In order to excel in any job interview, you need to know how to answer questions as well as ask them. If you know what to ask too, you can avoid taking a job you end up disliking. That means learning as much as you can about the workplace environment, co-workers, and your boss. Not only should the employer obtain details about you, you should be able to source information about the company where you believe you want to work.
The primary topics covered in this article include the following:
Also, you have to keep this in mind – if you do not ask question, you, yourself, will not appear to be interested in the job. So, an interview should represent the type of discourse where both parties benefit from the exchange. By initiating the conversation with some inquiries of your own, you will make the following kind of impact.
Therefore, asking a question is always helpful – that is, as long as you know what to ask. Therefore, it is important not to ask “yes” and “no” type questions, or interrogatives that can be answered with a simple “yes” or “no.” So, you want to ask open-ended type questions. That, way you can open up the dialogue and make the conversation more amiable for both you and the employer. Ask a follow-on question when you receive an answer. That way, you can turn the interview into a type of discussion.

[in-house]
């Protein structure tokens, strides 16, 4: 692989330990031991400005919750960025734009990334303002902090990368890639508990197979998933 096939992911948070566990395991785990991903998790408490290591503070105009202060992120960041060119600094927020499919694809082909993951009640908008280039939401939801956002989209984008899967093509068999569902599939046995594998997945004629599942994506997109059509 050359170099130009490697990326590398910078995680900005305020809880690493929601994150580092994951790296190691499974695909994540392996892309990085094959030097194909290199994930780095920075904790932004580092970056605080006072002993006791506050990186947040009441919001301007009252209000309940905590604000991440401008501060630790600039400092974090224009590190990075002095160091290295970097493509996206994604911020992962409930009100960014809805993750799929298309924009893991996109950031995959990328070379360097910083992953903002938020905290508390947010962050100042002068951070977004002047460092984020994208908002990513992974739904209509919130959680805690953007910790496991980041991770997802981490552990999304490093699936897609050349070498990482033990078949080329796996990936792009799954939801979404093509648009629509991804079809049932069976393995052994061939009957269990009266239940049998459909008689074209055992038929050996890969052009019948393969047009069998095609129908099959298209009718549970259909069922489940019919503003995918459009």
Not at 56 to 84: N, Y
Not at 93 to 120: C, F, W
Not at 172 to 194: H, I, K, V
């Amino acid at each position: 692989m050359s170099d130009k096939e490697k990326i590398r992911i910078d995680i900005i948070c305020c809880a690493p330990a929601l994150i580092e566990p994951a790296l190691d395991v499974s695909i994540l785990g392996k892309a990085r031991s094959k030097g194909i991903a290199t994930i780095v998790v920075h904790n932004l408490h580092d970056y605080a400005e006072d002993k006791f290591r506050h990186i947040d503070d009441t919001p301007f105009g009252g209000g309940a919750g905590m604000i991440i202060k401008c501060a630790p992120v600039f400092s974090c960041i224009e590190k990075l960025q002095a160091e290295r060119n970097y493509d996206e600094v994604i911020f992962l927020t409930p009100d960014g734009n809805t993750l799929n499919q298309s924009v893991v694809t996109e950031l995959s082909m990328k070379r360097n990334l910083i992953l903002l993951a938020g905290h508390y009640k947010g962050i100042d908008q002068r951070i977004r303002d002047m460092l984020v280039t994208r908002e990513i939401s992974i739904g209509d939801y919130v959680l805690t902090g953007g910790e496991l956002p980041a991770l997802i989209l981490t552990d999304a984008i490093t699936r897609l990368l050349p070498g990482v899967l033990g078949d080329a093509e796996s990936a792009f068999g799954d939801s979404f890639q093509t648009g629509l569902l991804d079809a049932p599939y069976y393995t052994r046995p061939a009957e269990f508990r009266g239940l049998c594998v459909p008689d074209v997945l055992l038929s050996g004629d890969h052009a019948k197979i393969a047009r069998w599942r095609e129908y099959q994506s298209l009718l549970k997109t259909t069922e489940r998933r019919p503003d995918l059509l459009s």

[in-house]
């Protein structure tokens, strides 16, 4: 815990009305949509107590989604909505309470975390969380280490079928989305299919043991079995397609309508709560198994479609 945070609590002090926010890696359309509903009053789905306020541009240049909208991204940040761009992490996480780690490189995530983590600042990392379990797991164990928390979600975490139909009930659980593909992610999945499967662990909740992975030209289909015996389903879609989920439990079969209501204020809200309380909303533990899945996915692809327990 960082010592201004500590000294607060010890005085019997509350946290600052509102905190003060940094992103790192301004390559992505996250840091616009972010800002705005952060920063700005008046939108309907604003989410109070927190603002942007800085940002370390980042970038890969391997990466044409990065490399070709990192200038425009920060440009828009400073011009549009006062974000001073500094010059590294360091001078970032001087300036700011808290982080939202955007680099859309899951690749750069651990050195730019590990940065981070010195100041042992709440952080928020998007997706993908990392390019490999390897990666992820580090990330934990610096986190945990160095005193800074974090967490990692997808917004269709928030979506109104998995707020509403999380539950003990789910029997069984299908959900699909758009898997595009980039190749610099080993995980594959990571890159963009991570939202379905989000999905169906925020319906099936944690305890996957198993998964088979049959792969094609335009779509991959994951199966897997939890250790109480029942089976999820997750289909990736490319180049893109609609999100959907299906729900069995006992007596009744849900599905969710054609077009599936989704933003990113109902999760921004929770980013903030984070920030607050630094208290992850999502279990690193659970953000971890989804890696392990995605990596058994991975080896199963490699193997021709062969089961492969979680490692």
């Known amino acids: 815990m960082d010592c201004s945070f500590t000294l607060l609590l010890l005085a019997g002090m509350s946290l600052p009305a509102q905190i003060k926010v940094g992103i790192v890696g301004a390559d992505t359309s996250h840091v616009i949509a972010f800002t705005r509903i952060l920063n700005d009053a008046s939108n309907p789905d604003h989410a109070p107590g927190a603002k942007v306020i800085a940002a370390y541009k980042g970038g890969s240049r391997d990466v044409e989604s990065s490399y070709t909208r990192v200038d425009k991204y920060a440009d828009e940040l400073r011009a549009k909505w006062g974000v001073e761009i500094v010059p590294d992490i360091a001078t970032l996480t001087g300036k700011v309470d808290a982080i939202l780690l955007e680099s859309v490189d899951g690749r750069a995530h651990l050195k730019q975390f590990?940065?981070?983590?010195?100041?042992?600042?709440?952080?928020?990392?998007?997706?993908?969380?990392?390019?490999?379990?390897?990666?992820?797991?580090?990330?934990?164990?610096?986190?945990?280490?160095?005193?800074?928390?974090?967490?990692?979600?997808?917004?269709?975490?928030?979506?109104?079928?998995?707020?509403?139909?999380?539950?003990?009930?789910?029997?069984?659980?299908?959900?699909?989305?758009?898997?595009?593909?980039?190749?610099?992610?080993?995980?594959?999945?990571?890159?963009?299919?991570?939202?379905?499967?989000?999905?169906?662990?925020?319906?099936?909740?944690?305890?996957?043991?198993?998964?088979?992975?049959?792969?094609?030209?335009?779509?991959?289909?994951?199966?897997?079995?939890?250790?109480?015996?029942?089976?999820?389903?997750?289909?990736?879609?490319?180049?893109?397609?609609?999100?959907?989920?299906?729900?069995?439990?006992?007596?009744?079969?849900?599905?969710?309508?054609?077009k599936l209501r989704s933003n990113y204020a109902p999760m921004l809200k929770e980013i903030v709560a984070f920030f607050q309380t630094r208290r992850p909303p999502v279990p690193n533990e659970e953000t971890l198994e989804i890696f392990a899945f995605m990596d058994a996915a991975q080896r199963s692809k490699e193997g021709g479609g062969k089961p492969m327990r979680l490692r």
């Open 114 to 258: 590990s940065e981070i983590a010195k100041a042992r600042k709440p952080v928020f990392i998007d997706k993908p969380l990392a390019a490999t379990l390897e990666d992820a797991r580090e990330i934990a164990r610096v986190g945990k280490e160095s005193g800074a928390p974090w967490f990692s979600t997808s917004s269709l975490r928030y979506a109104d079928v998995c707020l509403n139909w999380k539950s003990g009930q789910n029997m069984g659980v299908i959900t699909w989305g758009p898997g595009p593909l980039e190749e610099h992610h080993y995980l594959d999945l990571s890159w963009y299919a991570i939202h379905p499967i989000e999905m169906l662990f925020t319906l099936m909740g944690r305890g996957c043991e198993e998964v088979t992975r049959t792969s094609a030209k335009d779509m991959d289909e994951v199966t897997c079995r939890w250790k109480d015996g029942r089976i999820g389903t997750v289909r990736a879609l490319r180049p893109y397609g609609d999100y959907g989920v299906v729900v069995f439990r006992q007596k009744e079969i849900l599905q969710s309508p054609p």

Once you have met the interviewer or your employer and answered some of his or her questions, you may want to ask some of the following questions:
If the interviewer will be your boss, you may want to ask him or her about their management style. The aforementioned questions are helpful to ask then if you are meeting an interviewer for the first time. If you return for a second interview with the same person, it is not necessary or smart to ask him or her the same questions. If you do, you may as well look elsewhere for a job.
Once you become acquainted with the interviewer, you can pose some questions that are related to the job itself. Narrow down your selection to questions that will help you determine if you will like the job and be able to do well at the work. For example, you may want to ask the following:
If you ask questions about the company, don’t make inquiries that can easily be answered on the employer’s website or through a Google search. However, you can ask the following questions without too much worry.
Questions reserved for the end of an interview might include the following:
After your interview, make sure you send a thank-you note. By thanking the interviewer, you are showing you have good follow-through as well as professional courtesy. It also underscores your interest in the position. You can also include any information that you overlooked in the interview when you write a thank-you. E-mailing a thank-you also shows your skill in written communications. When you ask questions and show this kind of business decorum, you will gain more than you will lose both personally and professionally.
So, what questions do you think you could add to the above lists of questions? What kind of jobs do you think would encourage you to ask more questions?